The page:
Some people are natural-born risk takers. They thrive on the adrenaline rush that comes from facing head-on what is yet unknown. To them, there is just something exciting about going all-in when caution and common sense would tell them otherwise. You can probably think of a few times in your life that you have gone out on a limb, as they say, for someone or something you passionately believed in. The truth is, if you are ever going to do what God has called you to do, then at some point you will have to leave what you think is comfortable, take what feels like a great risk, and learn to get comfortable with living by faith.
Even as I write this article, I believe my wife and I are out there at the end of a limb too. There are some changes the Lord has told us to make in our family and ministry that are well beyond our past experiences and know-how. But we’re out there, and we’re loving it! Perhaps you’re on that proverbial limb right now too. If so, I want you to know we’re not alone out here. Our heavenly Father knows all too well what life is like living at the end of this limb. He’s been out here for the last 2,000 years.
On one very memorable day in the life of Jesus as He is ministering in the temple, a gang of scribes and Pharisees suddenly interrupt His sermon. They have with them a woman apprehended in the very act of adultery. Throwing her down in the midst of the crowd, they question Jesus saying, “‘Moses, in the law, commanded us that such should be stoned. But what do you say?’ This they said, testing Him, that they might have something of which to accuse Him” (John 8:5,6 nkjv). Press pause on this account for a moment, and remember back to what Paul said in 2 Corinthians 3:6, “[We are] ministers of the new covenant, not of the letter [of the law] but of the Spirit; for the letter kills, but the Spirit gives life.” In the next few verses, Paul goes on to contrast ministry under the law and ministry under grace. One he calls the “ministry of death and condemnation” while the other he refers to as the “ministry of the Spirit and righteousness.” Now back to Jesus and the altercation in the temple. There is a fight brewing, but it isn’t between Jesus and the Pharisees. It is a showdown between the ministry of death and the ministry of righteousness. This religious hit squad comes armed with the letter of the law, ready to condemn to death this woman caught in her sin, and attempts to publicly shame Jesus and His ministry. The pressure is on, and you can be assured that Jesus feels it. But instead of kneeling to the pressure, He kneels to the ground and writes in the dirt as though He does not hear them. “What is He doing down there?” you ask. He’s waiting. He’s waiting because He doesn’t say anything until He hears His Father say it. Then, after what I’m sure feels like an eternity to everyone watching, Jesus calmly rises to the occasion with a word of wisdom: “He who is without sin among you, let him throw a stone at her first.” Then He goes right back to writing on the ground. When they hear His words, these ministers of death and condemnation turn and walk away. John 8:10 says:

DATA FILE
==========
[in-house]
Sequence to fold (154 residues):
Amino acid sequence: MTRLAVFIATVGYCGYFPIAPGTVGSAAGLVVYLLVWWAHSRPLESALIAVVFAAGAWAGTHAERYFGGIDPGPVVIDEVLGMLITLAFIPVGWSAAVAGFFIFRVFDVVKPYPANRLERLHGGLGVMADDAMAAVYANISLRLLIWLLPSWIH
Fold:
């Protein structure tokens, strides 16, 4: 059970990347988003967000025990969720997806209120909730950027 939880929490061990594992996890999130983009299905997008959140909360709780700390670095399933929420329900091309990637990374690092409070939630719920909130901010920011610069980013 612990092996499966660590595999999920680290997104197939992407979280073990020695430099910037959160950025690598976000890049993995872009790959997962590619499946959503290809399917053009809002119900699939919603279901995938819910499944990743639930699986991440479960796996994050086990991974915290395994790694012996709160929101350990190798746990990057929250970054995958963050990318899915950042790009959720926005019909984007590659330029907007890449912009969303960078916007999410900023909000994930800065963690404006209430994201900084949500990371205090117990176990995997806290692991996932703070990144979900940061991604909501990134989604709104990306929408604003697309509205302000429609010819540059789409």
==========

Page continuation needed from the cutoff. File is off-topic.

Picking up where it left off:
When Jesus raised Himself up and saw no one but the woman, He said to her, “Woman, where are those accusers of yours? Has no one condemned you?”
She says, “No one, Lord.”
It was at this moment that Jesus takes a flying leap out to the end of the limb. He replies to her and says, “Neither do I condemn you; go and sin no more” (v. 11). Of course, we love and appreciate this account in Scripture, but I wonder if we’ve really stopped to think about the enormous risk Jesus takes by letting this woman go. She has been caught in her sin and is, according to the law, deserving of death. But the only sinless person with any right to stone her chooses instead to free her. What is He thinking? He’s just going to let this woman get away with this? If He doesn’t punish her sin, isn’t He just giving her a license to keep sinning? In the words of Paul, “Certainly not!” (Romans 6:1,2). You see, Jesus was giving her a glimpse of a new covenant that was well on its way. He was introducing to her, to them, and to us all the Covenant of Kindness. But I’ll admit: it seems like kindness could be a very risky business.